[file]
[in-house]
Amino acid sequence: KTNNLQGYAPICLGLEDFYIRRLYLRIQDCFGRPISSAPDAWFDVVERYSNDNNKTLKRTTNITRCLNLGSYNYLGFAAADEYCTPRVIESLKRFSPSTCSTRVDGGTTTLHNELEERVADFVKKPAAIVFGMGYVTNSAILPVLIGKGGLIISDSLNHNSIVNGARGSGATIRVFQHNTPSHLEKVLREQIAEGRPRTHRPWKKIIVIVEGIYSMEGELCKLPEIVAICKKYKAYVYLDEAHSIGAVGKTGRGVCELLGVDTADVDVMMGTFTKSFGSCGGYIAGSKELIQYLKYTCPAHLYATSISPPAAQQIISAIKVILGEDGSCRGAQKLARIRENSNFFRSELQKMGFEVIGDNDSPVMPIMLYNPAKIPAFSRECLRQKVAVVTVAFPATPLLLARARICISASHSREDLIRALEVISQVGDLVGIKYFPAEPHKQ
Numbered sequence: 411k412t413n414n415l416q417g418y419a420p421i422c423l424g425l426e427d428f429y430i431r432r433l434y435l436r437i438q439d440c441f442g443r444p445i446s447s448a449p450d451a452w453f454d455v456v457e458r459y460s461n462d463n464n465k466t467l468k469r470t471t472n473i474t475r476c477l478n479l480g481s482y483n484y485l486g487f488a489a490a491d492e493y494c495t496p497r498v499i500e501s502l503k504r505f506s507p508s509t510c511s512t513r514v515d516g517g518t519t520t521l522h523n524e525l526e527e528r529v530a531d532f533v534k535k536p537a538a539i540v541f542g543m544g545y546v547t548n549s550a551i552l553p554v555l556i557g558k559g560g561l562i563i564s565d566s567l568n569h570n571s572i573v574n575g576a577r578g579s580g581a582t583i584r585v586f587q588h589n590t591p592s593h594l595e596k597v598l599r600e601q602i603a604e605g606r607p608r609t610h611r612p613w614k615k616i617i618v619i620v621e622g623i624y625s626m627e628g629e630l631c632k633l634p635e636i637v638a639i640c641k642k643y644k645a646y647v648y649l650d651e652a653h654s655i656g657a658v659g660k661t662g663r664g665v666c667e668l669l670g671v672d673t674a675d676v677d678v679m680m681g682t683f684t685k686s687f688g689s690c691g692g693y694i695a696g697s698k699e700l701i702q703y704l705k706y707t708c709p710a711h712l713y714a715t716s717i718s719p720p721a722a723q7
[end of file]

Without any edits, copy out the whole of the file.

[in-house]
Amino acid sequence: KTNNLQGYAPICLGLEDFYIRRLYLRIQDCFGRPISSAPDAWFDVVERYSNDNNKTLKRTTNITRCLNLGSYNYLGFAAADEYCTPRVIESLKRFSPSTCSTRVDGGTTTLHNELEERVADFVKKPAAIVFGMGYVTNSAILPVLIGKGGLIISDSLNHNSIVNGARGSGATIRVFQHNTPSHLEKVLREQIAEGRPRTHRPWKKIIVIVEGIYSMEGELCKLPEIVAICKKYKAYVYLDEAHSIGAVGKTGRGVCELLGVDTADVDVMMGTFTKSFGSCGGYIAGSKELIQYLKYTCPAHLYATSISPPAAQQIISAIKVILGEDGSCRGAQKLARIRENSNFFRSELQKMGFEVIGDNDSPVMPIMLYNPAKIPAFSRECLRQKVAVVTVAFPATPLLLARARICISASHSREDLIRALEVISQVGDLVGIKYFPAEPHKQ
Numbered sequence: 411k412t413n414n415l416q417g418y419a420p421i422c423l424g425l426e427d428f429y430i431r432r433l434y435l436r437i438q439d440c441f442g443r444p445i446s447s448a449p450d451a452w453f454d455v456v457e458r459y460s461n462d463n464n465k466t467l468k469r470t471t472n473i474t475r476c477l478n479l480g481s482y483n484y485l486g487f488a489a490a491d492e493y494c495t496p497r498v499i500e501s502l503k504r505f506s507p508s509t510c511s512t513r514v515d516g517g518t519t520t521l522h523n524e525l526e527e528r529v530a531d532f533v534k535k536p537a538a539i540v541f542g543m544g545y546v547t548n549s550a551i552l553p554v555l556i557g558k559g560g561l562i563i564s565d566s567l568n569h570n571s572i573v574n575g576a577r578g579s580g581a582t583i584r585v586f587q588h589n590t591p592s593h594l595e596k597v598l599r600e601q602i603a604e605g606r607p608r609t610h611r612p613w614k615k616i617i618v619i620v621e622g623i624y625s626m627e628g629e630l631c632k633l634p635e636i637v638a639i640c641k642k643y644k645a646y647v648y649l650d651e652a653h654s655i656g657a658v659g660k661t662g663r664g665v666c667e668l669l670g671v672d673t674a675d676v677d678v679m680m681g682t683f684t685k686s687f688g689s690c691g692g693y694i695a696g697s698k699e700l701i702q703y704l705k706y707t708c709p710a711h712l713y714a715t716s717i718s719p720p721a722a723q7